There are few times where I have been envious of my married friends. I have been there, done that.
Twice. I am not in any hurry to do that again.
I think I have done rather well as a single father. In fact, I have no doubt that I am a much better father as a single parent than I ever was when I was married.
As a single father, I never walk on egg shells worried that I will upset or disappoint their mother, never worry about someone correcting my parental skills, never have my children see me argue with their mother like we did all too often when we were together, nor have they asked what I said or did to their mom when they see me in the morning sleeping on the couch.
I am certainly not a perfect parent. I have and will again get upset with my girls. When I do get upset, I tend to yell and there is no confusion that Dad is mad. However, after a few minutes, my girls and I are right back to our normal routine of being goofy together and having a good time.
They adore me and I them. I can’t even begin to describe how thankful and fortunate I am to have them in my life. I also can’t imagine that any of us could be any happier than we are now.
However, this afternoon while grabbing some groceries with my girls in tow, I saw something that made me wonder if my girls are being cheated by their mother and I no longer together.
Walking down an aisle in the store, a family of four crossed our path and I stopped and watched them interact with each other.
The father was pushing a cart with a toddler girl facing him firmly fastened in the seat. The two were cooing and cawing with each other with big grins on their faces. Nothing could distract the two of them as they were obviously having fun making funny noises and faces.
A few feet in front of the two, the mother was pointing out canned vegetables to her son who looked to be the same age as my kindergarten-age daughter. She was telling him the importance of eating healthy and he was asking questions about various kinds of vegetables.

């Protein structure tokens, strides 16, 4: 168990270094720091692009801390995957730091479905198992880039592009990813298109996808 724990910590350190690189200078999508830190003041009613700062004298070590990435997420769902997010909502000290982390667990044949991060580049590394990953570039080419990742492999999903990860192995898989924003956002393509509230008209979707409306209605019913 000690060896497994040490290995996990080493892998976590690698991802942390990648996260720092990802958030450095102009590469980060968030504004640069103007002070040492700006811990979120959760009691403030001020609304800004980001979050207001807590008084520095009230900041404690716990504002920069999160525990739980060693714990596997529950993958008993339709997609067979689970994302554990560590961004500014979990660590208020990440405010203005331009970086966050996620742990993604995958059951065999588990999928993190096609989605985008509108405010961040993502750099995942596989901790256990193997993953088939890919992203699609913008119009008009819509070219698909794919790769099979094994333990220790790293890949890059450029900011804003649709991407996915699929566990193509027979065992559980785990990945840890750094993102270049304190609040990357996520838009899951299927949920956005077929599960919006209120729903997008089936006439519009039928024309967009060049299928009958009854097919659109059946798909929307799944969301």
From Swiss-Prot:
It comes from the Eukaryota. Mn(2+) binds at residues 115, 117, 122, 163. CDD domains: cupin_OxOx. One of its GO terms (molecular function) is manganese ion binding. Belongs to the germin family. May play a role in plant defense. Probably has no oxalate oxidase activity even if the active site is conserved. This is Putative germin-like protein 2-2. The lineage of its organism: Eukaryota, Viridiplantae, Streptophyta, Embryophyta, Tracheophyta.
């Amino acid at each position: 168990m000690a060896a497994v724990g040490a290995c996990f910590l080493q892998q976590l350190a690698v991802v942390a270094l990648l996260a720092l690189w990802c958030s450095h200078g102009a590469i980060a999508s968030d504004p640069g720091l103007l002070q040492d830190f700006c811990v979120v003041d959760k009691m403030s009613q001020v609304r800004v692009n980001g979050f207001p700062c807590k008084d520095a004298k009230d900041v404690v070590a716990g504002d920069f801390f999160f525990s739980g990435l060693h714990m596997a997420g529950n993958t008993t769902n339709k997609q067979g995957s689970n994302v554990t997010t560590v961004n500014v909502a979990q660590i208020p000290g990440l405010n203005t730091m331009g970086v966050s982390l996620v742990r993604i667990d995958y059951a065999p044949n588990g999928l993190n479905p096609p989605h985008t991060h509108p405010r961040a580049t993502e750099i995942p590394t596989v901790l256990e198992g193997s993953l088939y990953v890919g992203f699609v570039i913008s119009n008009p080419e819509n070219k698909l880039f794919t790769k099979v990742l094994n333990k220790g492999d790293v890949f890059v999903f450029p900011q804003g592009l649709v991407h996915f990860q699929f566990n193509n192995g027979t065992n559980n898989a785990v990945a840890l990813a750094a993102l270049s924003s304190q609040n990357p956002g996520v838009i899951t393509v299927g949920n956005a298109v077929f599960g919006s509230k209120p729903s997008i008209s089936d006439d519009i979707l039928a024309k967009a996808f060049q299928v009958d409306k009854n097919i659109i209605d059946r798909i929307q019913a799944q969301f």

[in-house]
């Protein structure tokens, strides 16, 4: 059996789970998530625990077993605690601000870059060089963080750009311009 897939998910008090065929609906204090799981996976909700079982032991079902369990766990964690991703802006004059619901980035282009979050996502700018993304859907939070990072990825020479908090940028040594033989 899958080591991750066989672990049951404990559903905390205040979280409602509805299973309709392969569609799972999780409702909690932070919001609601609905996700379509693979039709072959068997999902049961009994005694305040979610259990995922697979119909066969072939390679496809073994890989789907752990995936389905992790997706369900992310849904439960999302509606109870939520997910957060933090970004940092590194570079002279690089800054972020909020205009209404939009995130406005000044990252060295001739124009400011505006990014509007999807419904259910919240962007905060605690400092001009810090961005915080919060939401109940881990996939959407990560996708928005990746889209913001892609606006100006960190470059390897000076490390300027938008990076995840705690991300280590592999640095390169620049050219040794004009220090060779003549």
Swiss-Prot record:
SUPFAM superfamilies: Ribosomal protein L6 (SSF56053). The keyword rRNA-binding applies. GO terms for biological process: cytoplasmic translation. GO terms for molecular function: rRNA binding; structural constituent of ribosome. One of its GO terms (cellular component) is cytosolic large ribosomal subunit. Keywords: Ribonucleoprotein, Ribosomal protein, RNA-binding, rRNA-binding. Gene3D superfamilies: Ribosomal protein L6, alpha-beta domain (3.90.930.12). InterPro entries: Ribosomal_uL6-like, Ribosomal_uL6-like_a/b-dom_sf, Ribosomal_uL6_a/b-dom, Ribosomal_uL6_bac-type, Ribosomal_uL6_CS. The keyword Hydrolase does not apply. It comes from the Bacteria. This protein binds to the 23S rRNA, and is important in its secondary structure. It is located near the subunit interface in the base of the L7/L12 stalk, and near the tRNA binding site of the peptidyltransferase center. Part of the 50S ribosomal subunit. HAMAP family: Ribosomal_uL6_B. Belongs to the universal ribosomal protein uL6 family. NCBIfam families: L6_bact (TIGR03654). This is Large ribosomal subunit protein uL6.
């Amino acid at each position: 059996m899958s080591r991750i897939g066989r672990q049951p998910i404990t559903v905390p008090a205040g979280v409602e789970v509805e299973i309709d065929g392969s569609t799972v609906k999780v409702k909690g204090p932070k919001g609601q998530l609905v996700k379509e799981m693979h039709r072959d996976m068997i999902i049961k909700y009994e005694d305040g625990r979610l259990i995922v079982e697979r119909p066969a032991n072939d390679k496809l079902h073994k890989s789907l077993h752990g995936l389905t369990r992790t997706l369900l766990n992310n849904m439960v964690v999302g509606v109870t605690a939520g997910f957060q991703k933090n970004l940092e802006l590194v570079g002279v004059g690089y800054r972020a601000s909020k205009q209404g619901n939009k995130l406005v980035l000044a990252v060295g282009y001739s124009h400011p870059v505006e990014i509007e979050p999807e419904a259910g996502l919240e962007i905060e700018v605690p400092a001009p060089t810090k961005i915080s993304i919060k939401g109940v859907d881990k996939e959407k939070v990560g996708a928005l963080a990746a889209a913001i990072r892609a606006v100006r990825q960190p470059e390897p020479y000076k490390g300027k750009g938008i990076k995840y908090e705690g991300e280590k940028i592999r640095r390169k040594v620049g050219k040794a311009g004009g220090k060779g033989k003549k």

After he picked out a couples cans, the mother grabbed them, turned around, and walked back to her husband and younger daughter at the cart. She placed them inside and then kissed both husband and daughter. She then gave them the sweetest, kindest smile as she walked back to the front with her son.
Seeing this, I could not help but wonder if my girls would ever know what a normal, healthy, loving relationship between two adults is about. I grew up with divorced parents and never saw either of them in a good relationship in the eight years that I went back and forth between the two.
I have to believe that has had a big effect on my own inability to make a marriage work. The last thing I want is my girls later in life to struggle over and over again in relationships like their parents.
Continuing to watch them, Savannah brought me back to my own family.
“Dad? What are you doing?”
“Why are you just standing there looking at them?”
“Sorry babe. I was just watching them. They look happy together.”
“Yep. But, not as happy we will be when get home and get in the pool. We are always happy when you go swimming with us.”
She grabbed my hand and we headed back to Shelby, Alani and our own cart of food that we would be cooking later with their older sister Kern. May not be the ideal family, but it is our family.
Savannah was right. When we do things like swim together, we are happy.
And, I don’t need to be married to their mother to do that.
Turning a Light on Loneliness
1 week ago